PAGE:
I know: I have chosen this industry, I have even chosen to live in this country, and I chose to have a family and keep working. I know, I know. But I still have to wonder why publishing is so heavily dominated by, and yet seemingly so unsupportive of women.

* In case you’re curious, I received 12 weeks off thanks to the Family and Medical Leave Act (FMLA), which protects the job of an employee for up to 12 weeks (unpaid) for the birth of a child (if the employer has more than 50 employees). I was paid for 6 weeks, partially, due to New York State’s “short-term disability” insurance, and my employer topped up that partial pay so that I received my full pay for 6 weeks. I also used some vacation time (paid), so that in all I took about 14 weeks off. So, in fact, I was actually incredibly fortunate compared to many (most?) American working moms.

Friday, April 25, 2014

Me likey

Ever since I came into possession of some bisque vases a few years back, I've added bisque ceramics to my regular searches. I'm not simply looking at bisque vases anymore, but a variety of ceramic objets. Here are a few I've been ogling lately.

Vintage Porcelain White Owl Vase - Wolf Karnagel for Rosenthal Studio Linie from 1001vintage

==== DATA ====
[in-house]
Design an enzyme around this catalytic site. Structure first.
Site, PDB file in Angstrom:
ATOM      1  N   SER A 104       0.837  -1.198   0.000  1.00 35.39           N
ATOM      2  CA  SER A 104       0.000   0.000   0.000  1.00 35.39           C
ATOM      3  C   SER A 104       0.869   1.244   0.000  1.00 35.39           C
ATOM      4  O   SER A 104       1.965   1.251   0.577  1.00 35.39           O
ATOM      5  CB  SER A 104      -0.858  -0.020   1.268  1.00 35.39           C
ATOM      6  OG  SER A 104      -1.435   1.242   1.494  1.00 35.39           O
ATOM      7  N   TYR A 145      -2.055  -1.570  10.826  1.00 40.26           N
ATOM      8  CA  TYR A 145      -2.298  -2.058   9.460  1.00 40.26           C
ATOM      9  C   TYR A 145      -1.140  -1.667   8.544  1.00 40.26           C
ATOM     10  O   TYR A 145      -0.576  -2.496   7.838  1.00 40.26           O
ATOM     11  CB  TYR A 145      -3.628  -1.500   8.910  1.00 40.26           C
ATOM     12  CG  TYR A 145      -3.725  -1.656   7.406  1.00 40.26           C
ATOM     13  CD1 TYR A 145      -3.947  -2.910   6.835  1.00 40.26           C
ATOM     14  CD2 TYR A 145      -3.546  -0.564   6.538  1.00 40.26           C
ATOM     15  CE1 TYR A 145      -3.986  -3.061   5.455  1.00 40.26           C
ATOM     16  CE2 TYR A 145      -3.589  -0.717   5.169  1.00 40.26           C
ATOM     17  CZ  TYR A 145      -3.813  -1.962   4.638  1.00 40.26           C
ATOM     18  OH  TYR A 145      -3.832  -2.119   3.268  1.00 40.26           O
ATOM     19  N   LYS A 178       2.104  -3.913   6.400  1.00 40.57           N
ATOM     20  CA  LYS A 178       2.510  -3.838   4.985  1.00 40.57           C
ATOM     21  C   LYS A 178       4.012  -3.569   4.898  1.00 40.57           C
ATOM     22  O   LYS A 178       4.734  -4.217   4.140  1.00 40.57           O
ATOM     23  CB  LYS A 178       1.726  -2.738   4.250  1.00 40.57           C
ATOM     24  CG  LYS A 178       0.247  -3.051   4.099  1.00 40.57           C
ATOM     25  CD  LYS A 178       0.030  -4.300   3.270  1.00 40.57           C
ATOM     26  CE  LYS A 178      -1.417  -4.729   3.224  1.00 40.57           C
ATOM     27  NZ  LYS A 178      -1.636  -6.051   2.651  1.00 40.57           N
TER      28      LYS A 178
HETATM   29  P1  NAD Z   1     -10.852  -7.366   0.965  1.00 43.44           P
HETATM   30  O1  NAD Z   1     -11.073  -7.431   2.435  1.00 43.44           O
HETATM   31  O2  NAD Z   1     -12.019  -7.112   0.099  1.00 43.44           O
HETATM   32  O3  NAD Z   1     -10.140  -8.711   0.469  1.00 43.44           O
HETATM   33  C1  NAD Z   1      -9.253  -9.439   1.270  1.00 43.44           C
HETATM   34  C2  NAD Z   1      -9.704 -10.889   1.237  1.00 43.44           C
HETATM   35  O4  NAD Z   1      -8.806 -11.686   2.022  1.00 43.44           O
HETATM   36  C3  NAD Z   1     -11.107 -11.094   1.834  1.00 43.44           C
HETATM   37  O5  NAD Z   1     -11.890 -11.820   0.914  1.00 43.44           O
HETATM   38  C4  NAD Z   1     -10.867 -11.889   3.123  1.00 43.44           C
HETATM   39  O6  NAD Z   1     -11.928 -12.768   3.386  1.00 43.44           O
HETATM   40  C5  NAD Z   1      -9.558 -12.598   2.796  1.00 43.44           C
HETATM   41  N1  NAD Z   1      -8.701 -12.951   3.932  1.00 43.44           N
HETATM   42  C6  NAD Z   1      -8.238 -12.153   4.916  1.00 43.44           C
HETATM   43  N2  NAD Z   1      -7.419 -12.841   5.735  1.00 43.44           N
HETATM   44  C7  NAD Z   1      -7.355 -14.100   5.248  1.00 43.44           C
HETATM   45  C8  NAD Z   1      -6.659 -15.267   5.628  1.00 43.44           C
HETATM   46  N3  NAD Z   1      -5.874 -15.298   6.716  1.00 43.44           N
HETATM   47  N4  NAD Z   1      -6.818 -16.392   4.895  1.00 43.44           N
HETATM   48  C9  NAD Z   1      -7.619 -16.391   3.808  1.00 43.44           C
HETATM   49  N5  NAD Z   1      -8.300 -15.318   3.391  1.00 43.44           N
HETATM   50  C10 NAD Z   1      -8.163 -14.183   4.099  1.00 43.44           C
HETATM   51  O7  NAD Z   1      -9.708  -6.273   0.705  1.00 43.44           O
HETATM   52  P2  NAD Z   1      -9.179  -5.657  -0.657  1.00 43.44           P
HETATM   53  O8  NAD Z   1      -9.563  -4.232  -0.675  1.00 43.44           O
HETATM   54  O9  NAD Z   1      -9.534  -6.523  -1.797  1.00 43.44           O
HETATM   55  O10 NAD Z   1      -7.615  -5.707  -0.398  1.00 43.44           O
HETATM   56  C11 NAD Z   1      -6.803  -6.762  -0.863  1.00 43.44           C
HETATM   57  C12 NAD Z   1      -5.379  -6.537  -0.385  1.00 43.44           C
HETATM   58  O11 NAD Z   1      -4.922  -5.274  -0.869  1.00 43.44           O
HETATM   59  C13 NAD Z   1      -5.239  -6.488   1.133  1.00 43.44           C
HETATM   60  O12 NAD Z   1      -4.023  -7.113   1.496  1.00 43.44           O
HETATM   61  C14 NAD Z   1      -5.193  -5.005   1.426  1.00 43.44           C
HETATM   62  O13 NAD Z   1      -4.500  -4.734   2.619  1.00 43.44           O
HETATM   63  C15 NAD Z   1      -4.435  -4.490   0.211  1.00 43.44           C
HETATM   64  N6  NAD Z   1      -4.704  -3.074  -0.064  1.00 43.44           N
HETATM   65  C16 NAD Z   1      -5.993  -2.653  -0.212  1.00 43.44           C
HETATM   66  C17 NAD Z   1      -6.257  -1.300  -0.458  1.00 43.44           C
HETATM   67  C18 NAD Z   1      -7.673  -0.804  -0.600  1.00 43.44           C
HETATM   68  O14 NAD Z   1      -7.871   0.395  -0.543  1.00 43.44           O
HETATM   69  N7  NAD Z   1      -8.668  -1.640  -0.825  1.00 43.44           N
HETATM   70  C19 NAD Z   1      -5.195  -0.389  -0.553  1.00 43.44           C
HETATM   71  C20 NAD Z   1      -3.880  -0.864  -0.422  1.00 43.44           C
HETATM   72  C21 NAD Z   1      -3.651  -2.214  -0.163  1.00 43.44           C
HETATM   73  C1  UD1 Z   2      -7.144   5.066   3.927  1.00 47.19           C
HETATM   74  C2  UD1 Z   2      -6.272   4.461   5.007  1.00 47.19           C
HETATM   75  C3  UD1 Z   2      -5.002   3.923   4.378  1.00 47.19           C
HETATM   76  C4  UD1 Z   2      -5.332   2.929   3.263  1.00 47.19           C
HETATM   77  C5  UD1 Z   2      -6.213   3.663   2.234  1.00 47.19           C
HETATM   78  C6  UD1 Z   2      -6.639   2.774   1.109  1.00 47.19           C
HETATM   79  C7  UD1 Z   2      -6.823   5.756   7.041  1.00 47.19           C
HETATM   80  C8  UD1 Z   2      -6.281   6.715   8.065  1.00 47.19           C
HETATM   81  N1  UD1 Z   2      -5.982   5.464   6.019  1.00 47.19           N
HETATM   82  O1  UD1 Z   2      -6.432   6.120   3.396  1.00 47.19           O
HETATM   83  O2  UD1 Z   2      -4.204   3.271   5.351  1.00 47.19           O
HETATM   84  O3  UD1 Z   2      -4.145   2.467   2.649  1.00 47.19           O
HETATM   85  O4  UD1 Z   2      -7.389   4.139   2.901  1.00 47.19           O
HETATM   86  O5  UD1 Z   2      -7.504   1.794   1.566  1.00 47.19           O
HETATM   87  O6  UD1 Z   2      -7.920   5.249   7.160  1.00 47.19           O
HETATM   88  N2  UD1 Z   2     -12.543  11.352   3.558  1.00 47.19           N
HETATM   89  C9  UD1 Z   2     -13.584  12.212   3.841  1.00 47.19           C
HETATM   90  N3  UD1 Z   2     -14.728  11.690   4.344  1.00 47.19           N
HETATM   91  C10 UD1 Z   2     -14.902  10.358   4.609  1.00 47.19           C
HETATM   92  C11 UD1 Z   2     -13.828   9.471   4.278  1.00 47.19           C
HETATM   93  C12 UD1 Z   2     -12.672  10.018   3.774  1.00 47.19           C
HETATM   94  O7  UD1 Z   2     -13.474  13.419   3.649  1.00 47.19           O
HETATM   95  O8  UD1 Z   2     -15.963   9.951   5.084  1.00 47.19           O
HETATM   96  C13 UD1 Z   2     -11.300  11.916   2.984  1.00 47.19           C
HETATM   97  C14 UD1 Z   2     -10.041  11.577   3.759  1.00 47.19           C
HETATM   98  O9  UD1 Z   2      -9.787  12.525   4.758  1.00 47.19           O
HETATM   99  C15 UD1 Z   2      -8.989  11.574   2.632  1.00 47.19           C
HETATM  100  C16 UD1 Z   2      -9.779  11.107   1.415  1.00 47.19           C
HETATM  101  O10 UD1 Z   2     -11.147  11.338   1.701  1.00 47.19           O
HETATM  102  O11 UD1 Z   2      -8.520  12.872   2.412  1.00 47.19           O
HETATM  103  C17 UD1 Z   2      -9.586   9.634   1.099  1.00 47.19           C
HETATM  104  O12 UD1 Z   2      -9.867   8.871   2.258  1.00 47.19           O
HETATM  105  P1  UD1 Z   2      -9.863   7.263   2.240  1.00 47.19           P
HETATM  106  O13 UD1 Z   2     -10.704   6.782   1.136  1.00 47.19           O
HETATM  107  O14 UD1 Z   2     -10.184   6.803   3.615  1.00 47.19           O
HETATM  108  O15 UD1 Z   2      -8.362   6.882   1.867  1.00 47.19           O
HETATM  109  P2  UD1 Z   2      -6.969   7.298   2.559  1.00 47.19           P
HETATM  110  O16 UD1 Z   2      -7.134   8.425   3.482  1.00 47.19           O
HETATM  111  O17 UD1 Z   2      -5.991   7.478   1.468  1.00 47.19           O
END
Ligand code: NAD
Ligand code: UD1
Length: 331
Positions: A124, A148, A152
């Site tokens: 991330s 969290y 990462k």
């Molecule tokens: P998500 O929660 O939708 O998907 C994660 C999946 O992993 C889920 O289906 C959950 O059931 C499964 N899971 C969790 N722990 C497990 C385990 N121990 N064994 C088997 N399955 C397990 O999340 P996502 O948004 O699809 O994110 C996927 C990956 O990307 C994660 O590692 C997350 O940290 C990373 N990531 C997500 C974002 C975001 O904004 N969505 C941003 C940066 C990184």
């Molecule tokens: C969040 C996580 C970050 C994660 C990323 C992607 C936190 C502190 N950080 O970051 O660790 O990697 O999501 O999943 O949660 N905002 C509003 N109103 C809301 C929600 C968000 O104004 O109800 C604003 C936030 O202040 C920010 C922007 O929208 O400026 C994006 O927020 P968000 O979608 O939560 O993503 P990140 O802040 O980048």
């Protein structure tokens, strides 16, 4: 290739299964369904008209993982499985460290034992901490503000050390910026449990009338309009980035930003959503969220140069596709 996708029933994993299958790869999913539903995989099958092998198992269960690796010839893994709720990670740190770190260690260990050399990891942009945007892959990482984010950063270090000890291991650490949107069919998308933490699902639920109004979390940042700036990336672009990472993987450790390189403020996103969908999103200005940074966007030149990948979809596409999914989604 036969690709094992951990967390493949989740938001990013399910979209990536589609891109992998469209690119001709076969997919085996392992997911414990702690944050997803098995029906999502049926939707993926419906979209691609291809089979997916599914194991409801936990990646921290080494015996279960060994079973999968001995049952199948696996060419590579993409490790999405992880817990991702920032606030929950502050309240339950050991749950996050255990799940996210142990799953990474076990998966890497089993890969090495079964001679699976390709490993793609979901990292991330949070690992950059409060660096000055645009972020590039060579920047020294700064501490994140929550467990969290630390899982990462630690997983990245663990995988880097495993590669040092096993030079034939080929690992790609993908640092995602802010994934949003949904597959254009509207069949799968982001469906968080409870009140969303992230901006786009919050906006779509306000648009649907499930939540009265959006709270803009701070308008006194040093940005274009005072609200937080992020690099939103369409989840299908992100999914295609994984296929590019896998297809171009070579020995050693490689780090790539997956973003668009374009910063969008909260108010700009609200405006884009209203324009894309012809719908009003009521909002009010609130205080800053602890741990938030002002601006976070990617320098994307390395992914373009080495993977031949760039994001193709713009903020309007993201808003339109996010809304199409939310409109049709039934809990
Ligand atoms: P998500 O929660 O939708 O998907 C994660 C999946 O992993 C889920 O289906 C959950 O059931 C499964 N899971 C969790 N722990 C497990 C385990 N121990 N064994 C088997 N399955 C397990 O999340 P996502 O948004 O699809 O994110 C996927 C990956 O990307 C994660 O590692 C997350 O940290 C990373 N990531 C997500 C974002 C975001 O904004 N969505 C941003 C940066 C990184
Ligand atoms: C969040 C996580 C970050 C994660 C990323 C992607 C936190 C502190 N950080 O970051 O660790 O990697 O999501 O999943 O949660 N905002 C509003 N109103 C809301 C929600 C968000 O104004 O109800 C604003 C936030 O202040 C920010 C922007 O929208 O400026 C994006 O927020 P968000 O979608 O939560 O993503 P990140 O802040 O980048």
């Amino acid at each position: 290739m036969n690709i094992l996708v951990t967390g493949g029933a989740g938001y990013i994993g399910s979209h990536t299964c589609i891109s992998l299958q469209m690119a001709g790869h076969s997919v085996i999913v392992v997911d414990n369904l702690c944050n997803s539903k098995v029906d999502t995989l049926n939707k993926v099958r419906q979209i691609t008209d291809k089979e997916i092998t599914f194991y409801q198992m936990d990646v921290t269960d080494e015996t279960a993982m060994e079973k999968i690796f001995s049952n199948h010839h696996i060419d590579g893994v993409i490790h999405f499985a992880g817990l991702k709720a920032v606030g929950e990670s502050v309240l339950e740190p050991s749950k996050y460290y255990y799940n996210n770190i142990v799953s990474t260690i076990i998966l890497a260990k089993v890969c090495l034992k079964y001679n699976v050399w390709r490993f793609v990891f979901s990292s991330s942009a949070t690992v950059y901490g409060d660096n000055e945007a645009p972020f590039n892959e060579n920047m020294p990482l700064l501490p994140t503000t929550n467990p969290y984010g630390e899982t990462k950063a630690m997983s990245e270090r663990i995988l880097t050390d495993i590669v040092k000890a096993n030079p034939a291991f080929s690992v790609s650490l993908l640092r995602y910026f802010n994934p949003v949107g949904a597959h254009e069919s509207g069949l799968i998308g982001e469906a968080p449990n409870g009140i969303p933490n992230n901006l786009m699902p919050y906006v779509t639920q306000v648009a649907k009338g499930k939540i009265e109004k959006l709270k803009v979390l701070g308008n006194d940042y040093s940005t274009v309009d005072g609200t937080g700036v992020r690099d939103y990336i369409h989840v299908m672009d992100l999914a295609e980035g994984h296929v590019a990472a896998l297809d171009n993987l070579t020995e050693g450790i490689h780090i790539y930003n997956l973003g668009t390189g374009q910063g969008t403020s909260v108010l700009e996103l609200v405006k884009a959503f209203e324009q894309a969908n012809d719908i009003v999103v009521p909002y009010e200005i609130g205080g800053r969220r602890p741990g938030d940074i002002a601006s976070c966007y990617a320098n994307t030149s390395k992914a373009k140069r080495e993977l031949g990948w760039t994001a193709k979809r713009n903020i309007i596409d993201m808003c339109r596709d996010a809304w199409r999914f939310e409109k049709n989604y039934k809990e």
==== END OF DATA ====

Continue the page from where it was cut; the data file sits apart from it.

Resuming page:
Ball-shaped mid-century Eschenbach vase from Designclassics24
Bisque Eschenbach from wohnraumformer
Then I found these ladies. Oh la la! Or, whatever the German version of "oh la la" is.

G. Schliepstein Rosenthal Swimmer Nude Porcelain Figurine Art Deco 1936 from StevieSputnik
Antique Rare German Bisque Nude Bathing Beauty Figurine 4710 1920s from Swansdowne

Now, if I only had all the monies. And all the shelves. And a professional do come and dust all my tchotchkes.

Saturday, April 19, 2014

10 Months

This little lion recently turned 10 months old. He crawls, he pulls himself up. He grabs, so, soooo much. He calls for his mama. He claps and waves!

Friday, April 18, 2014

More Roar

When we decided on L's name, I told H. that he would forever be given things lion things. It's hardly the worst animal in the world to be associated with - who doesn't appreciate a large bearded kitty?

But who knew that I would be the #1 culprit at buying those lion things? I can't resist sometimes. So, here's a collection of lion paraphernalia that I've favorited recently (or flat-out bought already - though I haven't justified the $100 pillow yet).